Jan 24, 2012

A Sacrifice Interrupted

A Sacrifice Interrupted


John Hamilton Mortimer

(British, 1740–1779)

Pen and brown ink

Support: Cream(3) laid paper

Sheet: 24.5 x 36 cm (9 5/8 x 14 3/16 in.); Secondary Support: 31.7 x 43.7 cm (12 1/2 x 17 3/16 in.)

Cornelia Blakemore Warner Fund and Delia E. Holden Fund 1978.20


Did you know?

John Hamilton Mortimer's close friend James Gandon described Mortimer's technique: "He never altered a line . . . and all the time he [worked] he conversed and entertained his friends with the same easy cheerfulness and pleasantry as if wholly unemployed."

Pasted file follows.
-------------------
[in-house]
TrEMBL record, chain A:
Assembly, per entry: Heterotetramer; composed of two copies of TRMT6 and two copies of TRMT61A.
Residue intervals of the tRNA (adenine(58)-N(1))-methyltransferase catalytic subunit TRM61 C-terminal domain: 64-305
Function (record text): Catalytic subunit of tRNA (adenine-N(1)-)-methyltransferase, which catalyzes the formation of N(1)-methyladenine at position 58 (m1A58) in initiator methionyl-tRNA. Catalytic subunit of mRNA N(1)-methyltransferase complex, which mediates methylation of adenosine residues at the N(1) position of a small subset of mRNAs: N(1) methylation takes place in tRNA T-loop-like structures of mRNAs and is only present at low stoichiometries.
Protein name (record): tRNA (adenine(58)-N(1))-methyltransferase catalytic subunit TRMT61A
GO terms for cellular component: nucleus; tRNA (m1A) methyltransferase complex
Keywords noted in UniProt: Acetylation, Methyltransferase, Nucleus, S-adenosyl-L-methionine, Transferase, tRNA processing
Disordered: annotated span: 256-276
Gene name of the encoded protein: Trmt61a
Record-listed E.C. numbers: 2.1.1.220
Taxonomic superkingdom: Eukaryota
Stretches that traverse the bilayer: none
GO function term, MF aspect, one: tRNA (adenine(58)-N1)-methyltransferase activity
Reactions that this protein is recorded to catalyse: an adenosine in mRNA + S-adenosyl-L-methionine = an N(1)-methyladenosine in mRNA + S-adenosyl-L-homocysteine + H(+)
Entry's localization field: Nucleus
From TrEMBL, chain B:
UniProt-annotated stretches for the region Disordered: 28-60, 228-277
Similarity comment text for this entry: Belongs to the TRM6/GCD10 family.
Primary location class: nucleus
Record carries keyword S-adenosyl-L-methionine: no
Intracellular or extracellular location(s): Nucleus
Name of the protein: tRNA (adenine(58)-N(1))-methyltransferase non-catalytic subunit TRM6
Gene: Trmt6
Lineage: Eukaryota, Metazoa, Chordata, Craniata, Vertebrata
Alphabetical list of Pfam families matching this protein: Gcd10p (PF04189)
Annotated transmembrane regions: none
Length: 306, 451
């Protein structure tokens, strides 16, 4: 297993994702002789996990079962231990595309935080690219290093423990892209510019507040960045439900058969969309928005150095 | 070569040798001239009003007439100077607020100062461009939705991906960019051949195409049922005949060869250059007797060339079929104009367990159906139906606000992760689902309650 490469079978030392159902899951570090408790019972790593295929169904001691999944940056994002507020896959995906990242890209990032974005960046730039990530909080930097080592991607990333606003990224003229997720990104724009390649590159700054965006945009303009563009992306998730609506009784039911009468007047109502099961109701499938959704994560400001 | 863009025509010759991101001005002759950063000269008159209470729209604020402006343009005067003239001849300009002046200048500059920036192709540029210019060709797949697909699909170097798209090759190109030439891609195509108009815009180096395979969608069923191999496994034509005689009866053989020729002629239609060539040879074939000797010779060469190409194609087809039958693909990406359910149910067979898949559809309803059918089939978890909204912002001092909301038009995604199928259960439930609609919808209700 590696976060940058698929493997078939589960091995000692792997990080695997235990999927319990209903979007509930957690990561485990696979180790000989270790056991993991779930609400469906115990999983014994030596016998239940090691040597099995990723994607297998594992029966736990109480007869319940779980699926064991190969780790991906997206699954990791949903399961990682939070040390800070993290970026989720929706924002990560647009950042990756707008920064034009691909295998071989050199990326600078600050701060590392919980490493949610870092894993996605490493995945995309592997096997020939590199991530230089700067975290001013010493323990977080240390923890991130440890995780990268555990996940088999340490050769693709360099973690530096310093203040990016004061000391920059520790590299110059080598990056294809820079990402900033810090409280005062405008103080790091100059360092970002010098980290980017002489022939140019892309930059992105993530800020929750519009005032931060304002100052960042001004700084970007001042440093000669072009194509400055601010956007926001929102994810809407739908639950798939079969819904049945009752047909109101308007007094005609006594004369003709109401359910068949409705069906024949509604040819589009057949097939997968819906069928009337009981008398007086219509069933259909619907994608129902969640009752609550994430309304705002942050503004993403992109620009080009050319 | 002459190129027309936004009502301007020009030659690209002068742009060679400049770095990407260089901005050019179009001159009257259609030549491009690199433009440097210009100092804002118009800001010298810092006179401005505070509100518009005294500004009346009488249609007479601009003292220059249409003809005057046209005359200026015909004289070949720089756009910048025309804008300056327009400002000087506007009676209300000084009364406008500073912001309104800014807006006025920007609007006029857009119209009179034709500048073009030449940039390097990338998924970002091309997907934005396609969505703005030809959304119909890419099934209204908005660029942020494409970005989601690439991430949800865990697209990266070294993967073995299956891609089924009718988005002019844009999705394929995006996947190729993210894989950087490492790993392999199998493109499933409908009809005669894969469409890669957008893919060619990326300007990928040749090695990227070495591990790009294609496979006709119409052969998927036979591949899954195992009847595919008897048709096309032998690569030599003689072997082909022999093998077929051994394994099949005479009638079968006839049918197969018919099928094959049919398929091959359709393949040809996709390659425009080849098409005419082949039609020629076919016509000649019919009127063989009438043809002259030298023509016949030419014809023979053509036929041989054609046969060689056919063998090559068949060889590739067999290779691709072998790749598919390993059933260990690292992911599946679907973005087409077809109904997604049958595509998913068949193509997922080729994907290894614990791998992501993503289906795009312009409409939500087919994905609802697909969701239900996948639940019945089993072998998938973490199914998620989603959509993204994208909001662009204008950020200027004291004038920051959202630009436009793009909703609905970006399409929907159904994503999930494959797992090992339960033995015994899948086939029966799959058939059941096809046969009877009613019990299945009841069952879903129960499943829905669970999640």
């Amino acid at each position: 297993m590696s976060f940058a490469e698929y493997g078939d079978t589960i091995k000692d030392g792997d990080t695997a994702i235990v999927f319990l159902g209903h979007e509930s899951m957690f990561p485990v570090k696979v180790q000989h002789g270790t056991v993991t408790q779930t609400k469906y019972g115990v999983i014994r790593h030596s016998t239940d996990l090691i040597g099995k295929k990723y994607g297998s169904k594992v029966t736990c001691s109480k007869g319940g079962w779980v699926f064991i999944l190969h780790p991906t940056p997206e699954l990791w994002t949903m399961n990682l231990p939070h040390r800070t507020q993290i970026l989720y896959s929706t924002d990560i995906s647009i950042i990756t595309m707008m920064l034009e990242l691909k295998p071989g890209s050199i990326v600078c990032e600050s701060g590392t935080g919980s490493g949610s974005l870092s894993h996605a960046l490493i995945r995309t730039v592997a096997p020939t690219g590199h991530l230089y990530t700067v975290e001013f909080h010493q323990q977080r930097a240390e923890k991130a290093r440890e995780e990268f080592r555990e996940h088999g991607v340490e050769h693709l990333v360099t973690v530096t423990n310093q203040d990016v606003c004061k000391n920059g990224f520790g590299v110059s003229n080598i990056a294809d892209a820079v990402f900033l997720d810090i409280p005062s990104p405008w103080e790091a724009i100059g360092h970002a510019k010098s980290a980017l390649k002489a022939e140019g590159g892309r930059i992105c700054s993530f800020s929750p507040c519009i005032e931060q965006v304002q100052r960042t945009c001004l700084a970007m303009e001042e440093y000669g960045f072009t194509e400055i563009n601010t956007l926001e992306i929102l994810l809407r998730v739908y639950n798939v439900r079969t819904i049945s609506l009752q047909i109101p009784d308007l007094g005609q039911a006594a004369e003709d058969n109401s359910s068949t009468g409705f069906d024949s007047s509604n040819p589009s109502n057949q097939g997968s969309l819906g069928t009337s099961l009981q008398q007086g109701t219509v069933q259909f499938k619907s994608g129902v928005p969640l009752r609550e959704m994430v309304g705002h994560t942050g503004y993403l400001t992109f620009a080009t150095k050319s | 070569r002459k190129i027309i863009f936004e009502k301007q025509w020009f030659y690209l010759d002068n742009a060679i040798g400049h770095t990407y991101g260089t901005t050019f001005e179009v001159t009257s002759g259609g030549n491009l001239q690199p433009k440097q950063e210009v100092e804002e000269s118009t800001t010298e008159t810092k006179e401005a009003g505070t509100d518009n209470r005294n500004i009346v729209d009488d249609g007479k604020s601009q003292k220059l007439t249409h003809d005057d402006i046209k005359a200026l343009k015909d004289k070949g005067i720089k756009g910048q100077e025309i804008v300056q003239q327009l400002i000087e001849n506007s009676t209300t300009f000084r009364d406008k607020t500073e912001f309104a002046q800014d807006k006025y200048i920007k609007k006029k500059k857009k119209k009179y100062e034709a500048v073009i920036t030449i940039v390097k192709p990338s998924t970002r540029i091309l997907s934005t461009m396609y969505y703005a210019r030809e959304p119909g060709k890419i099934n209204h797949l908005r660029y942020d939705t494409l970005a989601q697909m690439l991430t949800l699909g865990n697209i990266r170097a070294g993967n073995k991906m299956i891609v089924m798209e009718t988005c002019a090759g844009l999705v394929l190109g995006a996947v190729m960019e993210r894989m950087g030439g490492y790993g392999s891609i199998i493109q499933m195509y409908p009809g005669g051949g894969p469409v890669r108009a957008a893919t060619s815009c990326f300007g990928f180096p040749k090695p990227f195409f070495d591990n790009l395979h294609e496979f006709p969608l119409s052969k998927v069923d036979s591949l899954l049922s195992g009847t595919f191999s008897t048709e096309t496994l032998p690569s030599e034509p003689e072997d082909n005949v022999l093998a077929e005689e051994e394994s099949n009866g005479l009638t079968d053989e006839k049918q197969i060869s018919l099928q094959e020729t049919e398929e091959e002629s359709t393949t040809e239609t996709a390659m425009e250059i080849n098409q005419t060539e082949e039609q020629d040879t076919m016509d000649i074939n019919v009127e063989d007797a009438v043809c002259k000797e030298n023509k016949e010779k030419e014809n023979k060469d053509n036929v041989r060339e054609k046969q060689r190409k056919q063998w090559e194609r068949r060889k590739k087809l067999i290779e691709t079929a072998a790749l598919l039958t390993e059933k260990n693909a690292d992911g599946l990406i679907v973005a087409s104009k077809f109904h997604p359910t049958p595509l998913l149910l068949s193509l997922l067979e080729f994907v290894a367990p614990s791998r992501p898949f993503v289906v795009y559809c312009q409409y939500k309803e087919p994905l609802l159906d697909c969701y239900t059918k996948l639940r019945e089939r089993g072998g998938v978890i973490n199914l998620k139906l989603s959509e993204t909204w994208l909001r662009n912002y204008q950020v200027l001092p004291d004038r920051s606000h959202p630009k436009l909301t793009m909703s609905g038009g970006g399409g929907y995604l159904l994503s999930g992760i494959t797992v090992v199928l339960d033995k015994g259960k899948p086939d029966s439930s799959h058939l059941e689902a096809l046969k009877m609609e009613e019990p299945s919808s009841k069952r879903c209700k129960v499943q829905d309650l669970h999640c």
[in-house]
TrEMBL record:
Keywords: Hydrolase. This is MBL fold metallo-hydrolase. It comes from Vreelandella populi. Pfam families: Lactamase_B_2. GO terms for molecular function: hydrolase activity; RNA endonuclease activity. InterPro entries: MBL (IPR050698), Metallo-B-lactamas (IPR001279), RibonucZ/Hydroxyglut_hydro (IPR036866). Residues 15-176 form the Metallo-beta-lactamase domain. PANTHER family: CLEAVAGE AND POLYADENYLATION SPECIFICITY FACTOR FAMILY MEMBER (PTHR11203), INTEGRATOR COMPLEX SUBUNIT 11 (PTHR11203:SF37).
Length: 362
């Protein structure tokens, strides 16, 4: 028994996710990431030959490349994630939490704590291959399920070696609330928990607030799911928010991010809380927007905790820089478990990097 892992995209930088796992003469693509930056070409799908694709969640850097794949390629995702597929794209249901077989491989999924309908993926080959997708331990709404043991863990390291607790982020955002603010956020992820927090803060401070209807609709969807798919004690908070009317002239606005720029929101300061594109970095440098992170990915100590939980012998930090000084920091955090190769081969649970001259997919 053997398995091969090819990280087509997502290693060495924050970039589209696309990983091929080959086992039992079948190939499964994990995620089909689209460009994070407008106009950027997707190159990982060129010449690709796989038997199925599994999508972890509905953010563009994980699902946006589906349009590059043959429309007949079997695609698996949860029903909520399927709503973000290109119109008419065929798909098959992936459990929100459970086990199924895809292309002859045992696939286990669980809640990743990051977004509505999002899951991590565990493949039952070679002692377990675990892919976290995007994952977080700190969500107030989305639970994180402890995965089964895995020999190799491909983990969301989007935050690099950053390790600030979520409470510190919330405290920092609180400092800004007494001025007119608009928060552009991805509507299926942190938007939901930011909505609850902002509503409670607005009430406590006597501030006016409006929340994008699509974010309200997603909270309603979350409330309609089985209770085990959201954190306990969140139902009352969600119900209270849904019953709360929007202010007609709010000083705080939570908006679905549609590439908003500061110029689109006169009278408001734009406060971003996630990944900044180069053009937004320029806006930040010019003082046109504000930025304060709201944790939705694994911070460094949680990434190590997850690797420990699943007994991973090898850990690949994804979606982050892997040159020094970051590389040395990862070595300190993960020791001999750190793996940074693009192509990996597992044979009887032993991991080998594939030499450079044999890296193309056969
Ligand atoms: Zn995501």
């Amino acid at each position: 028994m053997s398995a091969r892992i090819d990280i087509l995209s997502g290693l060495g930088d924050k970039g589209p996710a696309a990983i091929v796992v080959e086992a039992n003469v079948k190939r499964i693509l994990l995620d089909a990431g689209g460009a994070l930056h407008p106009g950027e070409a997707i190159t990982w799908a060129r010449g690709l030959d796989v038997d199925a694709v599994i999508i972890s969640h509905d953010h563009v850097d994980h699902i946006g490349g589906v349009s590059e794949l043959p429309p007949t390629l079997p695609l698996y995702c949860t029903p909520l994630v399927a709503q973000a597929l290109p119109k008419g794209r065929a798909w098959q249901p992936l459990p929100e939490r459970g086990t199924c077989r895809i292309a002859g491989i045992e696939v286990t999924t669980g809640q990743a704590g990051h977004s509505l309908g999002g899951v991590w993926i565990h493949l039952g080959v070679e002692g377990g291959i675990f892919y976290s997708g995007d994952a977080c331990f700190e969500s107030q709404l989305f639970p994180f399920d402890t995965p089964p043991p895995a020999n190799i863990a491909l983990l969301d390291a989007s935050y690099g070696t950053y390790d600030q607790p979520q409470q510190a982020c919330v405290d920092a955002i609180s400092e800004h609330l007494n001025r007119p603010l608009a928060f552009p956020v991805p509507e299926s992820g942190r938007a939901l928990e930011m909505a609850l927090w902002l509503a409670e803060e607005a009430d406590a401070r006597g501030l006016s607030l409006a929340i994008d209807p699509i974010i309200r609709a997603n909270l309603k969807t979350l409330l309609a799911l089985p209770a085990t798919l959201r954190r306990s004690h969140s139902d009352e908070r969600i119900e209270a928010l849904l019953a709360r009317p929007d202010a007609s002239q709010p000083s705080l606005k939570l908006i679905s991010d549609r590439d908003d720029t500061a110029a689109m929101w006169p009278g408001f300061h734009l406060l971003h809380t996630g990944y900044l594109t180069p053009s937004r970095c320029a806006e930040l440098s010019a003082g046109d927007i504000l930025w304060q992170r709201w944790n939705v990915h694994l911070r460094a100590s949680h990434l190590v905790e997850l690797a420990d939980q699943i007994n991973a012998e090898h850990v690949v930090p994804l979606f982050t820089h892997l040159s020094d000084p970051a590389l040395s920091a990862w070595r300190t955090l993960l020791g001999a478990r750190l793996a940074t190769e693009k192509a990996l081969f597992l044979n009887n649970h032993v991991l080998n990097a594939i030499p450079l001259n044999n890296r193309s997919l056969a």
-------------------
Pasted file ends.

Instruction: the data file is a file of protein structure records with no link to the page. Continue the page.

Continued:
One of the most talented draftsmen of his generation in England, John Hamilton Mortimer became known for a style of drawing in pen and ink that was bold, confident, and energetic. This sheet depicts a large crowd in a frieze-like arrangement gathered to witness a figure with an axe on the verge of decapitating a young male captive. Mortimer deliberately sought out obscure narratives and leaned toward the violent and macabre. In spite of the research of numerous art historians, the specific subject of the drawing has yet to be identified.

See also
DR - British
Type of artwork: 

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